Comments on: DC’s New Target Audience Is Younger, Still Male Independent Opinions on Comics of All Kinds Sat, 28 Feb 2015 16:29:19 +0000 hourly 1 By: Sunday links… | MidniteTease Sun, 13 May 2012 21:23:13 +0000 […] isn’t much to say about it. DC had already raised eyebrows prior to the relaunch when they announced that their target demographic was young males (ostensibly because DC’s primarily-male customer base has been shifting up the age brackets). […]

By: It’s All Changed Forever — Again: Thoughts on the New DCU 52 » Comics Worth Reading Wed, 31 Aug 2011 21:24:13 +0000 […] Some evidence: Kids don’t recognize the new characters. But that’s ok, DC still doesn’t care about them as customers; their focus is teenagers. That’s a stupid choice, as Heidi points out: “[Kids are] the fastest growing segment of the comics market at this grim time — but then nothing Didio or Lee says gives any indication that they know who their audience — actual or potential — really is in more than a wadded up spitball sense.” But then, it’s clear that for all the talk about expanding readers, they’re not comfortable reaching for anyone outside the traditional adolescent male. […]

By: Alex Fri, 15 Jul 2011 01:46:29 +0000 “DC’s New Target Audience Is Younger, Still Male”

Ah, but us older male fans are the ones with the disposable income to spend. And after the end of August, which I guess is when the final issues of Action Comics and Detective Comics will come out (two new publications are replacing them, but the original magazines with their 75-year histories are being abandoned), I won’t be spending any more of my disposable income on DC.

Rather than everyone buying Wonder Woman #1, I’d rather see everyone boycott Action #1 and Detective #1. Not to mention Batgirl #1 since it reportedly will destroy the continuity of the strongest female character in comics today, Oracle.

By: Dwight Williams Sat, 02 Jul 2011 13:09:48 +0000 “…DC doesn’t see its female customers in the first place.”

And that brings us back to a key question: “doesn’t see” or “refuses to see”? The jury’s been divided on this point for quite some time, hasn’t it?

By: Grant Sat, 02 Jul 2011 01:54:05 +0000 I do wonder why DC and Marvel havent “Manga’ized” a few female friendly characters that women are on the same page about. I’d make some just to see if that mythical rollover of Manga readers to traditional Superhero comics that people are so certain can happen is anything other than mythical.

But if the collective of women readers reading “superhero comics” doesn’t reach a level that causes DC to take notice with regards to sales as a rule, then will just buying the new Wonder Woman really send any message at all? That’s not to say that it’s not worth doing, just that one might not want to get ones hopes up.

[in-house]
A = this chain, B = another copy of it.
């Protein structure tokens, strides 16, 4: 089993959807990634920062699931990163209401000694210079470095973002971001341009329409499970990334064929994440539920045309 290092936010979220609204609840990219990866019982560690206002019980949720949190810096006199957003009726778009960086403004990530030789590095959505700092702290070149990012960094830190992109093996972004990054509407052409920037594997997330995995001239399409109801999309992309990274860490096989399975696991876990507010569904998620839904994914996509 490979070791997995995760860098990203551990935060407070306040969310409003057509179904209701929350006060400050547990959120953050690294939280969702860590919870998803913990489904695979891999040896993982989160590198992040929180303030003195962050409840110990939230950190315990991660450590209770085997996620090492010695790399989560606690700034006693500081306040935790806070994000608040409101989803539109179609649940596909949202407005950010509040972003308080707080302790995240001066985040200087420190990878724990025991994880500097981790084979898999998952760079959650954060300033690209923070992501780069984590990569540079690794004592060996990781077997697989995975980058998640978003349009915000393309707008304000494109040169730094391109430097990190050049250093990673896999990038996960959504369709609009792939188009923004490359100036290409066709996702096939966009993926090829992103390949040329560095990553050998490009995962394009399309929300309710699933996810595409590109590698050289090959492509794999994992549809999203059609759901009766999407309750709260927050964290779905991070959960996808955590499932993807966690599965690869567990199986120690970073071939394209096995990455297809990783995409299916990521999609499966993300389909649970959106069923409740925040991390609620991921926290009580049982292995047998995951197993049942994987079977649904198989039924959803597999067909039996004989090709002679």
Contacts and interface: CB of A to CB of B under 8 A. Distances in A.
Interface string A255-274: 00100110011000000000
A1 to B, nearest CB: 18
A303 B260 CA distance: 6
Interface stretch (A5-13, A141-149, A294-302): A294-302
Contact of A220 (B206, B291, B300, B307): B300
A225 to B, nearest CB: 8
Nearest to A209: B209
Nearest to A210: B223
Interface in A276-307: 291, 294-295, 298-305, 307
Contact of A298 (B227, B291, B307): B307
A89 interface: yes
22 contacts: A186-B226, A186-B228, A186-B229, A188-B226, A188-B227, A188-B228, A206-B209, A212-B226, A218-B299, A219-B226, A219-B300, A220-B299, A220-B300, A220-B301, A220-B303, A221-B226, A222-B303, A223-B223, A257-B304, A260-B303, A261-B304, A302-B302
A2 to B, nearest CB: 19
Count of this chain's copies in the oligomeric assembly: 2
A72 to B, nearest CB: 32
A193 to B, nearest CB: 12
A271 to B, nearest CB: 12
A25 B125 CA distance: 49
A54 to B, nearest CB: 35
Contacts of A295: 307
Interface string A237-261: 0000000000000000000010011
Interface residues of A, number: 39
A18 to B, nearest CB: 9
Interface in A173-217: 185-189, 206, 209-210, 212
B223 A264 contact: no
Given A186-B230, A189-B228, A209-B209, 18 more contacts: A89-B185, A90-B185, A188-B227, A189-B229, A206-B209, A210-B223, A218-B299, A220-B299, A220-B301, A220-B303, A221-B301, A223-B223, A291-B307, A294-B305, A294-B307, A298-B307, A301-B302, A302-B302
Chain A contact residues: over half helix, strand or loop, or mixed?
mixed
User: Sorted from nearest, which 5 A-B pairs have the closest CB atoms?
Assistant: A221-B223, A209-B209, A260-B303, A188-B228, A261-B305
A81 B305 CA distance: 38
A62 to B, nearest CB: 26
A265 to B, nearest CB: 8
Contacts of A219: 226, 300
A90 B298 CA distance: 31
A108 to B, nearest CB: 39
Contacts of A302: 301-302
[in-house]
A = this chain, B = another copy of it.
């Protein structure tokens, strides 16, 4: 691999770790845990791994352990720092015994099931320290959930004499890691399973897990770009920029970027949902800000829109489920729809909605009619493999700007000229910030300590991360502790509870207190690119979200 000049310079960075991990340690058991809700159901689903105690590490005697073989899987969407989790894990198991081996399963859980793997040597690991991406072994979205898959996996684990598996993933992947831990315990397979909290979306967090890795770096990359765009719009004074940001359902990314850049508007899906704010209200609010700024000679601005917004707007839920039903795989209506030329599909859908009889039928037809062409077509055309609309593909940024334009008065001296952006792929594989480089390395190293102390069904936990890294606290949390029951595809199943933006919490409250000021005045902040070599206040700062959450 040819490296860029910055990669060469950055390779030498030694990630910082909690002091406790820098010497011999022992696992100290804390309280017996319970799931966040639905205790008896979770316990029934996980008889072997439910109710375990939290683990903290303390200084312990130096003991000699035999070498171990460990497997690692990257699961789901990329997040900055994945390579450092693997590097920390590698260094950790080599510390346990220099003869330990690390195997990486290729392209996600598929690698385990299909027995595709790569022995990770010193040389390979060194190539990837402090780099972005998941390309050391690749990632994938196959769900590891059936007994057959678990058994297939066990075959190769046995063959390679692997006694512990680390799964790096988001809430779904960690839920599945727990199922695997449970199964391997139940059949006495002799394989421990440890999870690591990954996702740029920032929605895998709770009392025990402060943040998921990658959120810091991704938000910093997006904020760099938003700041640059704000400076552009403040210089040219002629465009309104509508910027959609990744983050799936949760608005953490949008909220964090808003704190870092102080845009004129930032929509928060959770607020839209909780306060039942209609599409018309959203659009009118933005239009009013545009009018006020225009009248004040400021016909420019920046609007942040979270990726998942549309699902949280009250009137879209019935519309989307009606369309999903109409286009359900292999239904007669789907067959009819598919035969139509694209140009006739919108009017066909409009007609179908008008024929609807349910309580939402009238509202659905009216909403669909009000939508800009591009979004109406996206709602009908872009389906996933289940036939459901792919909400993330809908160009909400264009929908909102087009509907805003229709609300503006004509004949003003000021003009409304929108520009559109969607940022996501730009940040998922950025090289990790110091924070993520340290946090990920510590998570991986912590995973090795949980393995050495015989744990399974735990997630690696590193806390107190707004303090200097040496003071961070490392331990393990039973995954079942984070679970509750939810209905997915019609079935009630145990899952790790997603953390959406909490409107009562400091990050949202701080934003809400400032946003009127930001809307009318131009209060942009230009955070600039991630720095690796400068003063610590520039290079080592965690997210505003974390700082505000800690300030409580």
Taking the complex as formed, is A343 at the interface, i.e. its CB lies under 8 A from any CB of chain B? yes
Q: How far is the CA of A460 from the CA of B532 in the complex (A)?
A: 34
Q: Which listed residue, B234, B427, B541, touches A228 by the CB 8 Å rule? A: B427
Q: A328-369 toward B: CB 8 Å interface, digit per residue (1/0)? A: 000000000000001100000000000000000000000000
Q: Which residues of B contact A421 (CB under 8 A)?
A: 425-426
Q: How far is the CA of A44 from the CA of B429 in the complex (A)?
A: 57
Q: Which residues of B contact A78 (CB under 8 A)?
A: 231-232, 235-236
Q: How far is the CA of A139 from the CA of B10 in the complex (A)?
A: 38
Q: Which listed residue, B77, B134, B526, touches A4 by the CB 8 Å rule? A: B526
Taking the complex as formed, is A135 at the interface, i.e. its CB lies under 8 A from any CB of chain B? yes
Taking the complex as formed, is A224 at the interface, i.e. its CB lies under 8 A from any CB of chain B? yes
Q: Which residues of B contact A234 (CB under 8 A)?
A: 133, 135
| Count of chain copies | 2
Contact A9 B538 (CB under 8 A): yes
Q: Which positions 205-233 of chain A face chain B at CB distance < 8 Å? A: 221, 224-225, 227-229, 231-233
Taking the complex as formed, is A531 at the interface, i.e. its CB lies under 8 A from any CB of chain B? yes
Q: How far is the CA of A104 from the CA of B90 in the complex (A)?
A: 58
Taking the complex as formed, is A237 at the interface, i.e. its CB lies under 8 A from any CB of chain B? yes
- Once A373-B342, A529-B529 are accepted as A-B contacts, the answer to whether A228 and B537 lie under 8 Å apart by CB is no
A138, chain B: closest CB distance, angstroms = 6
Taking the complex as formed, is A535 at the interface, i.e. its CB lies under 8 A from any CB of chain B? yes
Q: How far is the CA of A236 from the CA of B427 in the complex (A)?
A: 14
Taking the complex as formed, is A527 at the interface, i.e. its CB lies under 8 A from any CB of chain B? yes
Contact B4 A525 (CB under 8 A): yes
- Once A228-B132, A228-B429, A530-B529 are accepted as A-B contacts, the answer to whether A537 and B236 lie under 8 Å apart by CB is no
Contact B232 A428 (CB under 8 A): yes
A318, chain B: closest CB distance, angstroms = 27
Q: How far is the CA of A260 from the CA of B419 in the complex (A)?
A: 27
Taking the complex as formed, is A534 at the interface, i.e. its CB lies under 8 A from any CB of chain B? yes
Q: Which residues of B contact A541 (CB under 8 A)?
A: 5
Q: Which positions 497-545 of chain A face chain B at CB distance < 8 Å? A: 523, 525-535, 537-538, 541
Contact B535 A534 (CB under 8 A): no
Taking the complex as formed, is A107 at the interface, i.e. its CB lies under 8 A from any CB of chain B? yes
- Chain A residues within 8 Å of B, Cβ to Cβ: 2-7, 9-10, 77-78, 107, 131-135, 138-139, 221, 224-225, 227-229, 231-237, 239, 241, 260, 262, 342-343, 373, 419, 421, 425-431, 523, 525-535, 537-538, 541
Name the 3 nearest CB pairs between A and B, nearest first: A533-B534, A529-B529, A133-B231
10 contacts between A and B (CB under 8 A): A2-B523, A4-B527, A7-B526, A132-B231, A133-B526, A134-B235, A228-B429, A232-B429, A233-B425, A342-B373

“I think women should not buy products that annoy, offend, or marginalize them. But I also think that it’s easy to say “boycott” and hard to follow through on — if you’re interested in the item in the first place. Fans of all stripes have a long history of complaining while continuing to spend, which is part of what DC’s counting on. So this likely won’t happen, and even if it does, it won’t have the desired effect, because DC doesn’t see its female customers in the first place.”

That really sums it up pretty completely right there. Especially when the thing that offends you isn’t universally offensive to the demographic it’s marketed to.

I’ve been reading the various blogs and the comments regarding the DC reboot have gone from blinding outrage, to slightly miffed to apathetic to cautious to mildly curious and finally to blatant interest. The number of people against the reboot seem to be slowly dwindling. For a boycott to work you have to get more people involved than just the vocal minority who perpetuate the anger on their blogs. And lets face it, anger is a tough emotion to sustain for very long.

By: Dwight Williams Fri, 01 Jul 2011 12:22:37 +0000 I’ll cop to the “optimistic” charge.

Certainly it might mean recruiting a few new hands that have never written for any comics before to go in tandem with the better of the old hands.

Along those lines, here’s a thought-experiment question: who would you like to see write a DCU title who’s never written for comics before?

By: Johanna Sat, 25 Jun 2011 12:39:50 +0000 James, oh, yeah, that’s probably a better idea. I’m just looking forward to Wonder Woman most, because of Cliff Chiang’s art.

Dwight, I think you’re being overly optimistic about the widespread appeal of DC comics. I think that’s more true of their characters than the actual portrayals of them.

By: Dwight Williams Fri, 24 Jun 2011 23:45:02 +0000 Paul, I’d argue that, seeing that DCU’s already got a foothold in the “ages 18-98″ with the DCU line – regardless of what they’ve intended over the last two or three decades – they need to expand upon that foothold. Despite its earlier history, DCU has evolved from kids’ fantasy-adventure into fantasy and science fiction (among other genres) for grown-ups of all ages.